Congenital abnormality survival rates mapped out - Lancet 2010; doi: 10.1016/S0140-6736(09)61922-X
Deciding whether to continue a pregnancy when an unborn child has a congenital defect is incredibly hard. This UK-based survival study may go some way in helping to guide patients with such a dilemma.
Researchers followed more than 10,000 children with a wide range of congenital anomalies to estimate survival rates.
Twenty-year survival was 85.5 per cent for children with one or more anomaly, 89.5 per cent for cardiovascular defects, 79.1 per cent for chromosomal defects, 93.2 per cent for urinary system defects, 83.2 per cent for digestive system disorders, 97.6 per cent for orofacial anomalies and 66.2 per cent for nervous system defects.
While a greater number of parents elected to terminate in 2003 (18.3 per cent) compared with 1985 (12.4 per cent), the data showed that survival rates for some conditions increased during the study period, probably as a result of better neonatal care.The quality of life data may also help us counsel our patients.
Clopidogrel versus ticagrelor in acute coronary syndrome - Lancet 2010; 375: 283-93
Clopidogrel has received bad press recently, particularly when used in patients taking proton pump inhibitors.
Optimal dose and timing of administration in the context of acute coronary syndrome (ACS) is also under debate, and there is concern about the associated risk of bleeding in patients undergoing coronary artery bypass graft procedures.
This randomised, blinded study compared clopidogrel with a more potent P2Y12 inhibitor, ticagrelor, in patients with ST and non-ST elevation ACS with planned early percutaneous intervention.
The primary endpoint was defined as cardiovascular death, MI or stroke. The results showed that ticagrelor produced fewer primary endpoint events than clopidogrel, without an increased risk of bleeding.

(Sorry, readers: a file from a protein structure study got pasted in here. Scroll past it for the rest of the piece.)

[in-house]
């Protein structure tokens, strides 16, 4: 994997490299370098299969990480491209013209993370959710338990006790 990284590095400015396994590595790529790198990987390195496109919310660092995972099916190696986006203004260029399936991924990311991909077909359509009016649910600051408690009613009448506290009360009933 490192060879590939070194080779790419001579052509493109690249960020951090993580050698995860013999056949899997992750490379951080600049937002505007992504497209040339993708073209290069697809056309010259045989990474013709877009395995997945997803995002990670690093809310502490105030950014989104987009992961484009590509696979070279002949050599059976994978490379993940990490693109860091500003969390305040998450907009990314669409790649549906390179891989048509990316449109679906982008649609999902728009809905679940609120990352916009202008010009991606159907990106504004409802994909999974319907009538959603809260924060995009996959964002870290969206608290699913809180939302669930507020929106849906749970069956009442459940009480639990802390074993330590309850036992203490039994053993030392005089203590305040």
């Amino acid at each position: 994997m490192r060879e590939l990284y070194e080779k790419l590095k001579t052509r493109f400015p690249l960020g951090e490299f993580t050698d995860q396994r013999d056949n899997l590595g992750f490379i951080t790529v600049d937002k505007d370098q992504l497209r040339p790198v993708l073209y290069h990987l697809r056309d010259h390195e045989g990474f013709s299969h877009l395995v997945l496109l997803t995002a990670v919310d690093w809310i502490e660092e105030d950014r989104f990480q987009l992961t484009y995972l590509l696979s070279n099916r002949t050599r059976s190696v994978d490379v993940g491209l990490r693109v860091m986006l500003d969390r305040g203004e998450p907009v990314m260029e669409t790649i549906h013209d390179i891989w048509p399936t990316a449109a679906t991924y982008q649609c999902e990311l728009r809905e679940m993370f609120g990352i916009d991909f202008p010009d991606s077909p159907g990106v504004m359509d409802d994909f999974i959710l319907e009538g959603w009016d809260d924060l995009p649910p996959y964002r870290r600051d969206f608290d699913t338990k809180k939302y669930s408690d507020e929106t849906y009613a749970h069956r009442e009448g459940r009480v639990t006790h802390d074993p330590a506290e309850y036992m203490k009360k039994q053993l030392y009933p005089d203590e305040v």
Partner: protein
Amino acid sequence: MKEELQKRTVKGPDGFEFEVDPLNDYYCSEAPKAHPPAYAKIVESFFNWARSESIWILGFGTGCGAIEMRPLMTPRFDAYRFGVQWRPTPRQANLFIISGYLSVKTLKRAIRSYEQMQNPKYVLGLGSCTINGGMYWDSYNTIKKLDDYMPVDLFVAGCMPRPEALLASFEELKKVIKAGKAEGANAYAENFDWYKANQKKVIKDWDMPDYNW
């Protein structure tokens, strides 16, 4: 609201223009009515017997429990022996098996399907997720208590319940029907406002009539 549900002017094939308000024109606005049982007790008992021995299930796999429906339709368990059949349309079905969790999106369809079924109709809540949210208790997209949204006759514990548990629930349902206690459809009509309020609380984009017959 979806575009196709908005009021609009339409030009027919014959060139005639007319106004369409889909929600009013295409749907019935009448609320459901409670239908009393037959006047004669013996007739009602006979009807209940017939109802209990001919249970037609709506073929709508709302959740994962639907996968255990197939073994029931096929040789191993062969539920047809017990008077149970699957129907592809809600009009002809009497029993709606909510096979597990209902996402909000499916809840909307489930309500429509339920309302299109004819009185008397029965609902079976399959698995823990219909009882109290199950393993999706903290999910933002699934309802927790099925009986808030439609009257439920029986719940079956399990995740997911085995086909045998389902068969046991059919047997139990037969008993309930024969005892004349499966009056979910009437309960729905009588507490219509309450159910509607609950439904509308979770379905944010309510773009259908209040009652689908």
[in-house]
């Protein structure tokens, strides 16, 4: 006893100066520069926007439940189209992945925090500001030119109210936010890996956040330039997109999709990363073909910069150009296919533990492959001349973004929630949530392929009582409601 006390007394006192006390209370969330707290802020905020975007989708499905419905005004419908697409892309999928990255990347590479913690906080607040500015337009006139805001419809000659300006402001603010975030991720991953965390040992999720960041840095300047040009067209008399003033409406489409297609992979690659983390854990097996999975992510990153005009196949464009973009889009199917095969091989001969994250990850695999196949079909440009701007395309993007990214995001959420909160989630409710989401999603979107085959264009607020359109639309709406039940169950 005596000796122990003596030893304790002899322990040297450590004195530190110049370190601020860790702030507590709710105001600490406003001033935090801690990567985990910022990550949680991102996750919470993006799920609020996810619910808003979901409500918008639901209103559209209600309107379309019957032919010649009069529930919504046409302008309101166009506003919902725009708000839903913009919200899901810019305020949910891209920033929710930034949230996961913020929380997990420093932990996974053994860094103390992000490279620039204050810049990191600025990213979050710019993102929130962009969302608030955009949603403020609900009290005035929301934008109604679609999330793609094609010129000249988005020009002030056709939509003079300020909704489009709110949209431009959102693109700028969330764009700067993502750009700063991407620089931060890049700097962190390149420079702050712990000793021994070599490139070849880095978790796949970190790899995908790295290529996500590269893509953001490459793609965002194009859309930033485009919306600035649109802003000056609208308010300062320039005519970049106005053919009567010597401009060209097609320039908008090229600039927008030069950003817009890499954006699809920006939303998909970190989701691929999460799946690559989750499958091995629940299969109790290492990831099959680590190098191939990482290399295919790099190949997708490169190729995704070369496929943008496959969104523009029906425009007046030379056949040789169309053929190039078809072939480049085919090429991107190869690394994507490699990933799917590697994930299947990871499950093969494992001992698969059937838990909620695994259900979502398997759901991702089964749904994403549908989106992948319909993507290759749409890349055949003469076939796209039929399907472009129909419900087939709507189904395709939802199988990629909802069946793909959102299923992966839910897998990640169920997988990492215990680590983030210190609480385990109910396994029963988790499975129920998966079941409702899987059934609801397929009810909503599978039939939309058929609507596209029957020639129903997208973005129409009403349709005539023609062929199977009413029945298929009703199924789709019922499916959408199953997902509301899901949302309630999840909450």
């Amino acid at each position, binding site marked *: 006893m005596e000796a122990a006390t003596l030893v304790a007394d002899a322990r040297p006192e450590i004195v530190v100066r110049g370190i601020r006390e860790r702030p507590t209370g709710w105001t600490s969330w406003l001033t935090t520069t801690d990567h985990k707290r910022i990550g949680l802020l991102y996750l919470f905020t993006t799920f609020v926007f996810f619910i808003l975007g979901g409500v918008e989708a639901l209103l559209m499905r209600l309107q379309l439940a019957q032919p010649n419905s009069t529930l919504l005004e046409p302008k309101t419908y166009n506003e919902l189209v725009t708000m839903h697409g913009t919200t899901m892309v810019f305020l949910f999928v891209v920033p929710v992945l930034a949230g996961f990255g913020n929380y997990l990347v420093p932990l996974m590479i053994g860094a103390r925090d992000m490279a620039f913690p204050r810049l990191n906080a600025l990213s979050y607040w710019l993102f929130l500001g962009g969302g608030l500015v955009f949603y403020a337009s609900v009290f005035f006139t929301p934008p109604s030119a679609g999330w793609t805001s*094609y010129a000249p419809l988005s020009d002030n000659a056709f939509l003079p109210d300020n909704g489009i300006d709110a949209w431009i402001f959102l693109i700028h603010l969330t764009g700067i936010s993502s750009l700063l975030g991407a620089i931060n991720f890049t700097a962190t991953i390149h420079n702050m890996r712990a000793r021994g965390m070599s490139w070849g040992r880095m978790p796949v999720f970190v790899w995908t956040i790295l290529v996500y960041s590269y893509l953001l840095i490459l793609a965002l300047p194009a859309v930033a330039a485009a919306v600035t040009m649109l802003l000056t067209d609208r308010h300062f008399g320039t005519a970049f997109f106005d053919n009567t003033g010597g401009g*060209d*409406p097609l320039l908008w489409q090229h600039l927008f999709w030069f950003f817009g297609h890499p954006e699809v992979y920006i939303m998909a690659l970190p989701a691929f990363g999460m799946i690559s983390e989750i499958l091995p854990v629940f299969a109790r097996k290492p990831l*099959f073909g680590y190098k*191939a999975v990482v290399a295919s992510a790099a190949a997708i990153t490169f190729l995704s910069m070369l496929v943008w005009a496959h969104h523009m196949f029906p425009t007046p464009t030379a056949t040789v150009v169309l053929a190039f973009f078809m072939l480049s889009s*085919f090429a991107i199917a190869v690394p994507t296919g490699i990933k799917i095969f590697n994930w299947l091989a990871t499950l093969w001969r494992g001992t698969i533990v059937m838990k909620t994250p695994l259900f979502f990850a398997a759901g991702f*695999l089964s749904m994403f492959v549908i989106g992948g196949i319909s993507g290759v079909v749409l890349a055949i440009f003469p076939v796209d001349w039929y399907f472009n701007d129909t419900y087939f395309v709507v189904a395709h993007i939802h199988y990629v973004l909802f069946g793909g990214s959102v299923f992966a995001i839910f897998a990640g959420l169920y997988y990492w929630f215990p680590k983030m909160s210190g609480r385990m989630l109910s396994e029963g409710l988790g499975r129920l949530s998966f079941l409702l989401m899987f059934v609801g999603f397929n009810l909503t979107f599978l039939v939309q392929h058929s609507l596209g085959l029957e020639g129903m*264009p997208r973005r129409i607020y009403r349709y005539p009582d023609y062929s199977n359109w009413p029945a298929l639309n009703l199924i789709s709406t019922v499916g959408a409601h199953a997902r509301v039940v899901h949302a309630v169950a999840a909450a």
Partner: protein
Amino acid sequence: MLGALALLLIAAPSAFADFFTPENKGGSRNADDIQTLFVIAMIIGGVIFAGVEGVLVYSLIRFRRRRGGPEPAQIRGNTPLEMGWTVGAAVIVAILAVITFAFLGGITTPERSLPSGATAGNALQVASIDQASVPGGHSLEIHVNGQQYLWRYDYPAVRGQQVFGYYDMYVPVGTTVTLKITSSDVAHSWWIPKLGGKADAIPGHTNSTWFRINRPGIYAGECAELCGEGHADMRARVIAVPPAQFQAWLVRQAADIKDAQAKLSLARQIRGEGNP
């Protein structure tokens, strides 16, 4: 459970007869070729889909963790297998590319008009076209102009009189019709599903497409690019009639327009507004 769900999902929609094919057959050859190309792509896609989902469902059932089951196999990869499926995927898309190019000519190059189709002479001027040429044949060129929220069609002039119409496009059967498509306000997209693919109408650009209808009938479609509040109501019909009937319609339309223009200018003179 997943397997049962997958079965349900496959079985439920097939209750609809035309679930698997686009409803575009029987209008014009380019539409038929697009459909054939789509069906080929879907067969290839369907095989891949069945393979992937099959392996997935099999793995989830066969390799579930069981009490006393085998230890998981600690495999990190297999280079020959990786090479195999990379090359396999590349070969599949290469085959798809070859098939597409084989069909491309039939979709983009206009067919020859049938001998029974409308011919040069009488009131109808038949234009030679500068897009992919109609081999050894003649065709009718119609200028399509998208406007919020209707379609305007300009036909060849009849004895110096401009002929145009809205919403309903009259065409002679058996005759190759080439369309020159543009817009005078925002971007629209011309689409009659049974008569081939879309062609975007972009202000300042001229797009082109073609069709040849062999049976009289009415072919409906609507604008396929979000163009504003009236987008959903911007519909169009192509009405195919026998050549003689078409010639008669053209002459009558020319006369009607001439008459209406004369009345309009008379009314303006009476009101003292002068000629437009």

The researchers estimate that using ticagrelor instead of clopidogrel for one year in 1,000 patients would lead to 11 fewer deaths, 13 fewer MIs and six fewer cases of stent thrombosis without an increase in the rates of major bleeding.
It would now be interesting to see how these two drugs fair in reducing the risk of cerebrovascular accident in TIA patients.
Monoclonal antibodies against Clostridium difficile - N Engl J Med 2010; 362: 197-205
Clostridium difficile remains a serious threat to life, particularly in vulnerable patients, and despite precautionary measures and antibiotics, incidence of the infection continues to rise.
This double-blind, randomised study assessed the effectiveness of two human monoclonal antibodies against C difficile toxins A and B, given as a single infusion to patients already on metronidazole or vancomycin. The researchers looked at infection recurrence over the next 84 days.
A total of 101 patients received antibodies and 99 received placebo. Recurrence was significantly lower in the treatment group (7 versus 25 per cent). Recurrence in patients with epidemic BI/NAP1/027 strain was still lower (8 per cent versus 32 per cent), although this was not statistically significant (p=0.06). Hospitalisation times did not differ between the two groups.
This study is a major breakthrough in the fight against C difficile, although further research is required.
Effect of dietary salt reduction on future cardiovascular disease - N Engl J Med 2010; doi: 10.1056/NEJMoa0907355